THE Industrial Development Corporation (IDC) has partnered with Metro Women Secondary Co-operative (MWSC) to support their Sanitary Towel Manufacturing Project, based in Gqeberha.
The IDC’s Corporate Social Investment (CSI) department is providing funding to enable the Nelson Mandela University Business School to provide business and mentorship training for the co-operative.
“Advancing inclusive economic activity and funding women entrepreneurs is core to the IDC’s mandate. The corporation is purposeful in supporting initiatives that empower women, especially young black women,” said IDC Head of Corporate Affairs, Tshepo Ramodibe.
“This project was perfectly suited for us to get involved in. It empowers women by creating sustainable jobs for them and producing a product that will enable young girls and women to access much needed products. Many girls lose valuable school time due to a lack of sanitary towels, and this need can be alleviated through this project.”
The MWSC was established in 2018 to pursue business opportunities within the automotive and manufacturing sector. From 85 members in 2018, today, the co-operative has 65 members. The co-operative group comprises of 65 black women who are mostly over the age of 35, either unemployed or in temporary employment positions.
“We are very excited to partner with the IDC and the Business School as this partnership will help our organisation to grow holistically, with very beneficial long-term results for us,” said MWSC Founder and Executive Member, Nomazwi Rosellinah Klaas.
Nelson Mandela University Business School Director, Dr Randall Jonas, said they aimed to assist the co-operative in enhancing their skills through training. A secondary objective is to build an entrepreneurship ecosystem in the Nelson Mandela Bay Metro and the province.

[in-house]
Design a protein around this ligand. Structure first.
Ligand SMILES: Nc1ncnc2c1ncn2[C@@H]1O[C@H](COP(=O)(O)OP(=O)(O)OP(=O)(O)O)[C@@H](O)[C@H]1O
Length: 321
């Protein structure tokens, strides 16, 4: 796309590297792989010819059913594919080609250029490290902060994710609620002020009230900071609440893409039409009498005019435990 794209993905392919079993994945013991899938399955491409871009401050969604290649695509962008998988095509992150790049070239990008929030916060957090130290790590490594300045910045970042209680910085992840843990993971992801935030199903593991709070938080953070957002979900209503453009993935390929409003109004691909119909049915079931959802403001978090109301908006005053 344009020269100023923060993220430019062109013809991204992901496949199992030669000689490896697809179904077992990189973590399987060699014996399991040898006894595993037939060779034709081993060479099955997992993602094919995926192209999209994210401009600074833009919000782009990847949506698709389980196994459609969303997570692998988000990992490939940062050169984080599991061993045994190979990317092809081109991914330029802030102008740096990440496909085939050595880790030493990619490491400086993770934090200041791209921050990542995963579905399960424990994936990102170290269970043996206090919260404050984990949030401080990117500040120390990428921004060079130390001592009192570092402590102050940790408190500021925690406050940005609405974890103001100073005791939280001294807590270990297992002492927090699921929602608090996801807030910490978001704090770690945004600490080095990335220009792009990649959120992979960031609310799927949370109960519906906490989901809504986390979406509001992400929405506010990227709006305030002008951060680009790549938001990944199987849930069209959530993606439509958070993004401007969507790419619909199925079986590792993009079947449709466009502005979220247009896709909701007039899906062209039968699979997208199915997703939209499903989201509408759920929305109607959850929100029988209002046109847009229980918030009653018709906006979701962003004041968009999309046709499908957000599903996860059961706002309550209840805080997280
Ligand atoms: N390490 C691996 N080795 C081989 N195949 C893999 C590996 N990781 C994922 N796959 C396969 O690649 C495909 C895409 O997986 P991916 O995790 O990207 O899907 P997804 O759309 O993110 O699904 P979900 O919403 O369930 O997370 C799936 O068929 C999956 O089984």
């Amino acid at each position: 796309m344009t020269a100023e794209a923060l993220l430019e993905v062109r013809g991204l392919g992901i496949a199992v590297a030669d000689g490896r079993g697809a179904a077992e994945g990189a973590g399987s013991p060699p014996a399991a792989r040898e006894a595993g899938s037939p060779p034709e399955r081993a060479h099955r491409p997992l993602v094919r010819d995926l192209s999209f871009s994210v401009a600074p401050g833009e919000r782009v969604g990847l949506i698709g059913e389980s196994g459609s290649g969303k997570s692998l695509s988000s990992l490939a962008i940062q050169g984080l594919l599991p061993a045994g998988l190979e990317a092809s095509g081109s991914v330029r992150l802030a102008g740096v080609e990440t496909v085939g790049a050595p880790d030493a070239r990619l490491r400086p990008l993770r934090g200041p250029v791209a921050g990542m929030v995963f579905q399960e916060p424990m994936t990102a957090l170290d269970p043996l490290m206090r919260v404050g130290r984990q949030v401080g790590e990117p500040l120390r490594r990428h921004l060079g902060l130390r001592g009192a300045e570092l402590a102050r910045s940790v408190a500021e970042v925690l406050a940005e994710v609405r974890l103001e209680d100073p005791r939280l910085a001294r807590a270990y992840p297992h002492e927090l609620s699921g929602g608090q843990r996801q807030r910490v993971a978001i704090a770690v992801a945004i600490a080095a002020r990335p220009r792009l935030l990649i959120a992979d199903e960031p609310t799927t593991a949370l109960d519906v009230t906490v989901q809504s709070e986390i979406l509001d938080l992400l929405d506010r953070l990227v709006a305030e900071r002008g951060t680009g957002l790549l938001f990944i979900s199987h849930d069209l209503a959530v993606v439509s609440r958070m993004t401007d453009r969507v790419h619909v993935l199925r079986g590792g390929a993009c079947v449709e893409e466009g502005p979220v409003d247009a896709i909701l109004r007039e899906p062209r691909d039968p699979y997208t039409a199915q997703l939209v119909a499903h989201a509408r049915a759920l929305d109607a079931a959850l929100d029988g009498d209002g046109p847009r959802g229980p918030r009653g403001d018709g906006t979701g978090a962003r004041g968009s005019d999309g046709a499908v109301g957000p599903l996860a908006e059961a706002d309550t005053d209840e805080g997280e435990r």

“Through this eco-system, we will be able to explore the possibility of firming up collaboration amongst local entrepreneurs to encourage localisation and for them to share their resources and join forces to achieve common goals,” Jonas said.
In this context, the Business School has developed an integrated programme that aims to not only develop the business acumen of entrepreneurs and enterprises in the township, emerging and priority sectors of the economy, but to build resilience through business-to-business coaching initiatives.
The Business School has also partnered with the Automotive Industry Development Centre Eastern Cape (AIDC EC) to provide manufacturing industry-specific coaching support and mentorship sessions to businesses taking part in the programme, further encouraging upliftment and empowerment of women in manufacturing.
Manufacturing Industry-specific coaching support and mentoring will be provided by the AIDC EC team, who are experts in production processes, business set up and processes, quality production and systems, process and efficiency improvements, as well as leadership and support services.